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On Saturday night, an officer of the Special Forces of the Greek Police killed a young 15-year old school student, Alexandros Grigoropoulos, in Exarchia in the centre of Athens, (just 200 meters from the office of our paper). This is the modern “democratic” manner in which a police officer answered the usual anti-police slogans that a small group of ordinary and completely unarmed school students were raising against him. The police officer shot at the group of school students in an area where there are many coffeehouses full of people and at an hour (9pm) when there are many youth gathered together enjoying an evening out.
This actually is big news. It’s made Drudge’s front page today and yesterday. The fascinating thing is it comes against the backdrop of a country already in turmoil over the economic crisis.
This fascist, brutal and unprovoked attack on the part of the Greek police has led to a widespread and deep feeling of disgust throughout Greek society. It reminds everyone of the criminal actions of the Greek police forces in the past, of the black years of the Greek colonels’ dictatorship (1967-1974), but it has also served to highlight in the minds of the people the many brutal actions of the Greek police over these past four years of right-wing government. Two years ago in Thessalonica six police officers brutally and mercilessly beat up a Cypriot student, causing serious injuries, both physical and psychological. In the same period one police officer seriously injured a young teacher by using knuckledusters. Many immigrants are also regularly brutalised by the Greek police, especially in the police stations of Athens, as many videos that have been broadcast on Greek TV channels have revealed. All these are just a few examples of the “democratic” actions of the Greek bourgeois state in the last few years under the New Democracy (ND) government.
Fascinatingly enough, the former left governing party, PASOK, turned away from the left and followed, you guessed it, neoliberal economic policies. This, as it should have, led to its downfall and the current conservative government under ND. What is being reported is that a large segment of the Greek population has tuned Left.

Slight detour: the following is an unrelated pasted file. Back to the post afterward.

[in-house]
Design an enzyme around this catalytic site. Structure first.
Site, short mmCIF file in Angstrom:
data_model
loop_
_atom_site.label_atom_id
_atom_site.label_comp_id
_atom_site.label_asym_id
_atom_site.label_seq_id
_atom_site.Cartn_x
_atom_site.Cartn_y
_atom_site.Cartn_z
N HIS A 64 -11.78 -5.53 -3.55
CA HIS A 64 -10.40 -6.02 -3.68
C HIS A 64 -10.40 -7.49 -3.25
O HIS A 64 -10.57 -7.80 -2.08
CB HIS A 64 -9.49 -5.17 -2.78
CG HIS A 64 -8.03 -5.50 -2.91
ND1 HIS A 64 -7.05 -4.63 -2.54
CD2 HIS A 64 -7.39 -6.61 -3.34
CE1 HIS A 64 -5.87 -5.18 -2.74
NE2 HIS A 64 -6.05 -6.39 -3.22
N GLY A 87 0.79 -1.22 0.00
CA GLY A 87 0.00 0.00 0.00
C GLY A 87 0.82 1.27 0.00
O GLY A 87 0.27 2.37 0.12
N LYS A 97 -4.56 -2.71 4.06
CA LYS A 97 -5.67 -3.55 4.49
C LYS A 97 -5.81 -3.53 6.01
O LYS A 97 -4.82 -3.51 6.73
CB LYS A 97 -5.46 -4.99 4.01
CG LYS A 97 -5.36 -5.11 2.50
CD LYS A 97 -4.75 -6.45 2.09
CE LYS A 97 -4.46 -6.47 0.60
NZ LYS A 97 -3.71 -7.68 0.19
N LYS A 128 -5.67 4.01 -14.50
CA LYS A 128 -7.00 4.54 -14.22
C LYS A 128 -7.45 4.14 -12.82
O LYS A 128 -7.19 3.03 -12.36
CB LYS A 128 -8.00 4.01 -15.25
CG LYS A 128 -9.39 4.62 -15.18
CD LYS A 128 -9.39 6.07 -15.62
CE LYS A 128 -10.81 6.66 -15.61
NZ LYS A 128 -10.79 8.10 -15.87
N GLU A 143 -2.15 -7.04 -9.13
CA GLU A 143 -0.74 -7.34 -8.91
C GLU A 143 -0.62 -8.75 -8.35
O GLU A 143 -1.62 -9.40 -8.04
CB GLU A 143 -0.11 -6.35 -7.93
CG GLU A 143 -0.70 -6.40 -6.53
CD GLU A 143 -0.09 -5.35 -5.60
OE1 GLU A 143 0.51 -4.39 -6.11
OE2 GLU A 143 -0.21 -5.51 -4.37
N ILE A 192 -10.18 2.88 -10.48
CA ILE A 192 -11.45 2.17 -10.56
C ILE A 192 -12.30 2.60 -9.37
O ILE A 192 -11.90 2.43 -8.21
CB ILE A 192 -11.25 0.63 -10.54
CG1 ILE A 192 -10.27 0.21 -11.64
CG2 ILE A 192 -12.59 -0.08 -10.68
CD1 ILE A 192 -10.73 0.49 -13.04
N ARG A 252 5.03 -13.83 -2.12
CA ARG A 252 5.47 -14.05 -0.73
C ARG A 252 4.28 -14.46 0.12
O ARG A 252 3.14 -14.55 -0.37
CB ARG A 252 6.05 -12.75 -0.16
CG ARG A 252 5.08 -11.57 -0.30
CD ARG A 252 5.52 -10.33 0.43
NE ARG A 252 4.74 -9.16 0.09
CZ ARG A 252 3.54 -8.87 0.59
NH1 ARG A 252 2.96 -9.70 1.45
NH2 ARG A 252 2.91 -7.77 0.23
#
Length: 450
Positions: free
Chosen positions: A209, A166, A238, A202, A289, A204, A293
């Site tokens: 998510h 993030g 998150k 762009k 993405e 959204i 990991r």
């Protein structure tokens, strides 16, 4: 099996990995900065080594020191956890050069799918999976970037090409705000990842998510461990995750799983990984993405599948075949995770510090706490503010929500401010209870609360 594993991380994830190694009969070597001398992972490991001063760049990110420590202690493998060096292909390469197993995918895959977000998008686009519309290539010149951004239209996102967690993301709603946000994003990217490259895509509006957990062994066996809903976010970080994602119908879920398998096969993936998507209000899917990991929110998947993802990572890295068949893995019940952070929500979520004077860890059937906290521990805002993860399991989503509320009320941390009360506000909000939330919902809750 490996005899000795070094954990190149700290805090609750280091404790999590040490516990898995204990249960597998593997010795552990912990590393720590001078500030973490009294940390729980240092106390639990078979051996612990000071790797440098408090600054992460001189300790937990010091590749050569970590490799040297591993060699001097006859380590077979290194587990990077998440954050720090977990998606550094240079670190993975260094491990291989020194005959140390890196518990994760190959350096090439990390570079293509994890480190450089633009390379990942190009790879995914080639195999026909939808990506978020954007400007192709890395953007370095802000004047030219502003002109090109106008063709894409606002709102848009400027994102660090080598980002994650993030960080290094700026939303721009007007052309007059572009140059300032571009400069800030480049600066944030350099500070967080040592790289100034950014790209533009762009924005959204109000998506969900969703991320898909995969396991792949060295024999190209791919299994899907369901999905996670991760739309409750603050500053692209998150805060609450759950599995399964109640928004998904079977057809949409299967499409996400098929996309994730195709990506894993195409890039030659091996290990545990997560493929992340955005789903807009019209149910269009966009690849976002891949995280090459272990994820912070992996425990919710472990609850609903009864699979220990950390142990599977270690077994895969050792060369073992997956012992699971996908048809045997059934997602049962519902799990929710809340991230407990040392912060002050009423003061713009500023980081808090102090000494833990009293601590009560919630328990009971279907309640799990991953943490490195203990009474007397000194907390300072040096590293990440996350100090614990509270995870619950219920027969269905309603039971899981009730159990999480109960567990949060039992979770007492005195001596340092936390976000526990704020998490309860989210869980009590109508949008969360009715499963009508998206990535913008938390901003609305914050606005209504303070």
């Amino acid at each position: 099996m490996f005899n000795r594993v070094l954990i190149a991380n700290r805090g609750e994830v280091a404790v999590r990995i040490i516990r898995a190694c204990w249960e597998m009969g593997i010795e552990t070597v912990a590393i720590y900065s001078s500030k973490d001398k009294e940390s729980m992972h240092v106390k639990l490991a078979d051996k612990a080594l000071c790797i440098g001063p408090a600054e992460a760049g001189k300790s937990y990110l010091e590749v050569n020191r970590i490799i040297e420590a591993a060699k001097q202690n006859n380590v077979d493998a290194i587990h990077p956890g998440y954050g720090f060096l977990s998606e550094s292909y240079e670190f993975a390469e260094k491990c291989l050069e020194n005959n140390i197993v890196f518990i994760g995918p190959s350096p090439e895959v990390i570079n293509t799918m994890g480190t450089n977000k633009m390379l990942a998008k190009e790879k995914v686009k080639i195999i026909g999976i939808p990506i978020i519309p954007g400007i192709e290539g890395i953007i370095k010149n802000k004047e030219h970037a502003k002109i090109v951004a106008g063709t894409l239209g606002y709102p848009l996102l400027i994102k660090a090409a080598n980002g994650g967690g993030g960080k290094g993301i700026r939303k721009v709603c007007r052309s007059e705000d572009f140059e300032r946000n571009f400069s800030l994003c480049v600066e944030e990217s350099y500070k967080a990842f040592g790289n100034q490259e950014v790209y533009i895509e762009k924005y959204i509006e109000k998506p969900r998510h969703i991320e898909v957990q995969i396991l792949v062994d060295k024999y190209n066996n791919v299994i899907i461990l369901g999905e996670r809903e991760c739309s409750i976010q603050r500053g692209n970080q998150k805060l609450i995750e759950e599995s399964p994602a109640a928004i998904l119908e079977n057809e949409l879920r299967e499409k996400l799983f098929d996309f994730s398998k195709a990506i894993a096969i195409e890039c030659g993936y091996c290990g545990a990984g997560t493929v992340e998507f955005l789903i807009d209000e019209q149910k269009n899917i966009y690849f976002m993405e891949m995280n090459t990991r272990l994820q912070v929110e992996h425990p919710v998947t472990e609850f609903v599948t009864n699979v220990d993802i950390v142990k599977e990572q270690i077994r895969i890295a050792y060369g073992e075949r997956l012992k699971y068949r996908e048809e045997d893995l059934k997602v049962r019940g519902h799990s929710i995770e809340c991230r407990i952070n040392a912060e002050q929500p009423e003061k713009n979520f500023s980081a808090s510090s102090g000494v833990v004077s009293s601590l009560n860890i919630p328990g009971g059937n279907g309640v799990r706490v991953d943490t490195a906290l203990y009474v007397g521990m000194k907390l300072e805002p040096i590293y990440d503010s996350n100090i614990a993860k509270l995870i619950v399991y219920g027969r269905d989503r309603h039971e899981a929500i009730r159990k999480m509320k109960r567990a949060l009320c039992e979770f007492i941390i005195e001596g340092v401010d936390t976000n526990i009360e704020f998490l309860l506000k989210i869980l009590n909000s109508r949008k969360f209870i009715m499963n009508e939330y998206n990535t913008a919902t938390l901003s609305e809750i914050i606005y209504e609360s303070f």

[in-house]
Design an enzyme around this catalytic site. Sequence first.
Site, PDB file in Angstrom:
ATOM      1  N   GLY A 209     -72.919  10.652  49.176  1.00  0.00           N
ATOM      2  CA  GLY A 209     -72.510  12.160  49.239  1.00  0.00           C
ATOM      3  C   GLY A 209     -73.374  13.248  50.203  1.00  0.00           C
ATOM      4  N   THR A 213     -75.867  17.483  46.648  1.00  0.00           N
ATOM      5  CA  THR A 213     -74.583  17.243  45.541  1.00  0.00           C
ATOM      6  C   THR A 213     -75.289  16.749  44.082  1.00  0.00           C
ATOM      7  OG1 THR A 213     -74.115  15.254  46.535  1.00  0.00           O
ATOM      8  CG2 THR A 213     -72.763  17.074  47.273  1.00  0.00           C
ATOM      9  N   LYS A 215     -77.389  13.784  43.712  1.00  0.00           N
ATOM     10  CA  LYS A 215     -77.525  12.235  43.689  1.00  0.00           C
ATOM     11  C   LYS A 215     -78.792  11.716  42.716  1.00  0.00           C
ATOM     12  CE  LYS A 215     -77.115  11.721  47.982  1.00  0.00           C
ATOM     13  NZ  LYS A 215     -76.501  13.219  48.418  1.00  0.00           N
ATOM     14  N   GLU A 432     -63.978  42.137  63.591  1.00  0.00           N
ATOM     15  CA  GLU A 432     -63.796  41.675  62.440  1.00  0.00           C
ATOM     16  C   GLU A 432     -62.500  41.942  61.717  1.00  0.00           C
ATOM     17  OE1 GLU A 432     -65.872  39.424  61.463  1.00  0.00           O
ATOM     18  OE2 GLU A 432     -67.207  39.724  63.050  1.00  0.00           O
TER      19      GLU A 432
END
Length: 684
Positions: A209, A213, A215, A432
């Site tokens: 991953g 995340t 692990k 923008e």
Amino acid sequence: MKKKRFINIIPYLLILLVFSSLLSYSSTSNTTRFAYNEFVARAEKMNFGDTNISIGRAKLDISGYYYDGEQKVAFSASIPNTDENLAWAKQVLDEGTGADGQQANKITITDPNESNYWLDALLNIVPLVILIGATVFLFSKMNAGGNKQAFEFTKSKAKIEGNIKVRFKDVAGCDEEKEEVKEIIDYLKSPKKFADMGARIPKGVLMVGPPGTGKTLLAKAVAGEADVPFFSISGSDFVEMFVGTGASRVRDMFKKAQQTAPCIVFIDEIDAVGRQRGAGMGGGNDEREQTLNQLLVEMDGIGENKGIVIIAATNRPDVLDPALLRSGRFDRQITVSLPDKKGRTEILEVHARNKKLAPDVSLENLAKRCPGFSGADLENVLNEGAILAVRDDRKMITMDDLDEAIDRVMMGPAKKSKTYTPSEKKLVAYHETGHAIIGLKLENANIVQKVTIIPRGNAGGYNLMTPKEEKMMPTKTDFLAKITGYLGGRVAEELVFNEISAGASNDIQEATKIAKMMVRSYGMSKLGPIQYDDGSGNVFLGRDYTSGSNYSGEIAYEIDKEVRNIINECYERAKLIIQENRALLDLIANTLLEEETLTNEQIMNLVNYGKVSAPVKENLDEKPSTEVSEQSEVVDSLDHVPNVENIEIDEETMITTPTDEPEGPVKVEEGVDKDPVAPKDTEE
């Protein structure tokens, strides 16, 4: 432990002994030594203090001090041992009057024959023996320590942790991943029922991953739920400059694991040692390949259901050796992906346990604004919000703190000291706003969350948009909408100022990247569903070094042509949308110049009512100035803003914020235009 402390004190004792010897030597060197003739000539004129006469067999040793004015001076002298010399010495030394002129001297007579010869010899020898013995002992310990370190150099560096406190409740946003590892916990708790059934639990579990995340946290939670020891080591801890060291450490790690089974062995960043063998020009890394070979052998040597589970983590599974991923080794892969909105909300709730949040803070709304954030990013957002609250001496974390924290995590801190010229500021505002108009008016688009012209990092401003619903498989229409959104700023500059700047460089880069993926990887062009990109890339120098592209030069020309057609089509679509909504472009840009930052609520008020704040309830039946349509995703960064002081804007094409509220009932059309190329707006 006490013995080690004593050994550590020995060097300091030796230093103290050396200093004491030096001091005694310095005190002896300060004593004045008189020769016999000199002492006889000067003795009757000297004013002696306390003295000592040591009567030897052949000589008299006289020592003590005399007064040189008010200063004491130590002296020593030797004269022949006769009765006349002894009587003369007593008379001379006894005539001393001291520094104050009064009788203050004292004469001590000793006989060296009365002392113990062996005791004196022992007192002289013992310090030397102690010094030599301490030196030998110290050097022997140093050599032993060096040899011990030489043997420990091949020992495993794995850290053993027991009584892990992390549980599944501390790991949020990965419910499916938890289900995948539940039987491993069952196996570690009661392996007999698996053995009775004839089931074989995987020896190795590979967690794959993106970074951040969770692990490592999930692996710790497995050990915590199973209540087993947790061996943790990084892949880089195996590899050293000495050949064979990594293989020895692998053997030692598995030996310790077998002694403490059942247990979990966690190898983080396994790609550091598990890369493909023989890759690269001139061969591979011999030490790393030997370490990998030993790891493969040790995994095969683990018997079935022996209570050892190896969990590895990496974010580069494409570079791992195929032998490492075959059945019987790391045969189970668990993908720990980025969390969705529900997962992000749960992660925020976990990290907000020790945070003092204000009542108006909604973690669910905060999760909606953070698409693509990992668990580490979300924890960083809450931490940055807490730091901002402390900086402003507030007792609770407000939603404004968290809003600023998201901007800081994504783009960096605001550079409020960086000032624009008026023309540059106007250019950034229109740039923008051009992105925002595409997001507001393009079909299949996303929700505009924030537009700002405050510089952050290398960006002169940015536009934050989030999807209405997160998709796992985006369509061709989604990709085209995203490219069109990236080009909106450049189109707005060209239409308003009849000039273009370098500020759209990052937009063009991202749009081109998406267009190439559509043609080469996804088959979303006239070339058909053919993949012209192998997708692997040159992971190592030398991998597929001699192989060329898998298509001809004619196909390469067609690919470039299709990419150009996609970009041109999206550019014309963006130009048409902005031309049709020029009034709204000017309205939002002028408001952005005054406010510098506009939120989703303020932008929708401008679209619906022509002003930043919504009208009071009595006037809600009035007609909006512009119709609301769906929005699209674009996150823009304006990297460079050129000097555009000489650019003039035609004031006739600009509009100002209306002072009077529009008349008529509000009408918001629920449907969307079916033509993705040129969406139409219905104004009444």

This most recent killing has had a big impact on every ordinary working person and in particular on the youth of Greece. On the night of the killing thousands of young people spontaneously mobilized across Athens, Thessalonica and Patras, to demonstrate their anger, clashing with the police throughout the night into the early morning. Yesterday, Sunday 8th, thousands of people demonstrated all over Greece, in 14 different cities. Today another rally is planned in the centre of Athens, which will see the participation of many more people than yesterday.
Read the rest of the article. It’s a fascinating look at how one country is facing a combined economic and social crisis.
Here’s a statement from Synaspismos on the ongoing situation:
December 7, 2008
Statement by Alecos Alavanos, President of the Parliamentary Group Of SYRIZA (Coalition of the Radical Left)
The Coalition of the Radical Left shares the deep grief and the rage of the young student’s family. The despair and anger of all the youth.
There is no excuse. The 16 year old boy is now standing next to all the young fighters – Petroulas, Komninos, Koumis, Sotiropoulou, Kaltezas – who were deprived of life only because they loved freedom.
In Greece, under the New Democracy rule, it is a crime to be a young man or woman. Bullets are not the only weapon used to kill the youth. Young people are murdered through unemployment, insecurity, through the invasion of profit in the education system, through the lack of expectations and prospects.
New Democracy can no longer stay in government.
We call on the youth – the pupils, the students, the working young people all the citizens, to reply massively, peacefully and in a militant way. Next to the struggle for the right to employment, next to the struggle for state universities we need to fight for democracy and freedoms, for the right to life itself.
When these objectives have been achieved by our youth then the memory of their classmate will have been fully honoured. The slogan: “Bread, education, freedom” becomes timely again.
Finally, the government ought to stop immediately the provocative presence of the Police Special Forces, which should be dismantled in any case. The government is fully responsible for any continuation of the strategy of tension and violence.